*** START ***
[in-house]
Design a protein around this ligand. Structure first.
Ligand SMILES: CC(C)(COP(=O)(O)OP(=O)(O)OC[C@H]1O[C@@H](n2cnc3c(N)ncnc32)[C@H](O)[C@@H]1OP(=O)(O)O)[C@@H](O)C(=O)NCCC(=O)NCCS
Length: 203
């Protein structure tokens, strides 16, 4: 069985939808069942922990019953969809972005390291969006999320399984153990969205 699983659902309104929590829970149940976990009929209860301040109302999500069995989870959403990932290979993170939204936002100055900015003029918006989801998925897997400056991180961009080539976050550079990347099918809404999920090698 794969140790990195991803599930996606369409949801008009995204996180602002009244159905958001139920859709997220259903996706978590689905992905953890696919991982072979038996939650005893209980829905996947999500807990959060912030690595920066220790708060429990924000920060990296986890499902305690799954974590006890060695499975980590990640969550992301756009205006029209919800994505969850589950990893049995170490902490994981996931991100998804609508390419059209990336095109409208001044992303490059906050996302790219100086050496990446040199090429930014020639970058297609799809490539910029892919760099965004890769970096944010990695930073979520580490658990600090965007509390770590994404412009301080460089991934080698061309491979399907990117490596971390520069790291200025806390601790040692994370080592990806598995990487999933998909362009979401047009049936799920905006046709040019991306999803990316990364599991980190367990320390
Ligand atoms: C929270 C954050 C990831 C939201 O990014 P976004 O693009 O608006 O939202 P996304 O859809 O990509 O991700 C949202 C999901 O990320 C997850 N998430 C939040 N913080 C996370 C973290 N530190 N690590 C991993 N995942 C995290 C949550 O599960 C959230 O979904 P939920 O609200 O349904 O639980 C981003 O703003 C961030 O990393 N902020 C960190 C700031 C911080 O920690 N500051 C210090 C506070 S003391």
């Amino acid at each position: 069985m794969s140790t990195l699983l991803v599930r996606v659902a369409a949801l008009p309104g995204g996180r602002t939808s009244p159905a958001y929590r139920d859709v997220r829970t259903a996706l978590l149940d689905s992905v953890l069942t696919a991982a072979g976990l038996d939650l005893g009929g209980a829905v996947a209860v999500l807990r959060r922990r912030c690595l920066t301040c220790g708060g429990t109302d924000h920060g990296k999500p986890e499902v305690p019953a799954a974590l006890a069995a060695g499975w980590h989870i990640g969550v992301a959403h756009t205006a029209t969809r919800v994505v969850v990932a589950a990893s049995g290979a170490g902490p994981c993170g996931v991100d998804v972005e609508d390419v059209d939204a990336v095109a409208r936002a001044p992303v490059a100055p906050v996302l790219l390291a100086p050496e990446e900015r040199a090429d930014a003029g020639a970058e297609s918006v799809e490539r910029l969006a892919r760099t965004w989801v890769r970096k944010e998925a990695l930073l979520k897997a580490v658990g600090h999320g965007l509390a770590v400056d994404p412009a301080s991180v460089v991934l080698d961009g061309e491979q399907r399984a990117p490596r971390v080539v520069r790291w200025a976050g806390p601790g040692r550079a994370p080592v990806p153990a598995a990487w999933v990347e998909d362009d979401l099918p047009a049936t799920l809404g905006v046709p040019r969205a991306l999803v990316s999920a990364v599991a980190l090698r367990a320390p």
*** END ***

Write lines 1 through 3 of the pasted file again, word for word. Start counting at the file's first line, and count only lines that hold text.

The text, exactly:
[in-house]
Design a protein around this ligand. Structure first.
Ligand SMILES: CC(C)(COP(=O)(O)OP(=O)(O)OC[C@H]1O[C@@H](n2cnc3c(N)ncnc32)[C@H](O)[C@@H]1OP(=O)(O)O)[C@@H](O)C(=O)NCCC(=O)NCCS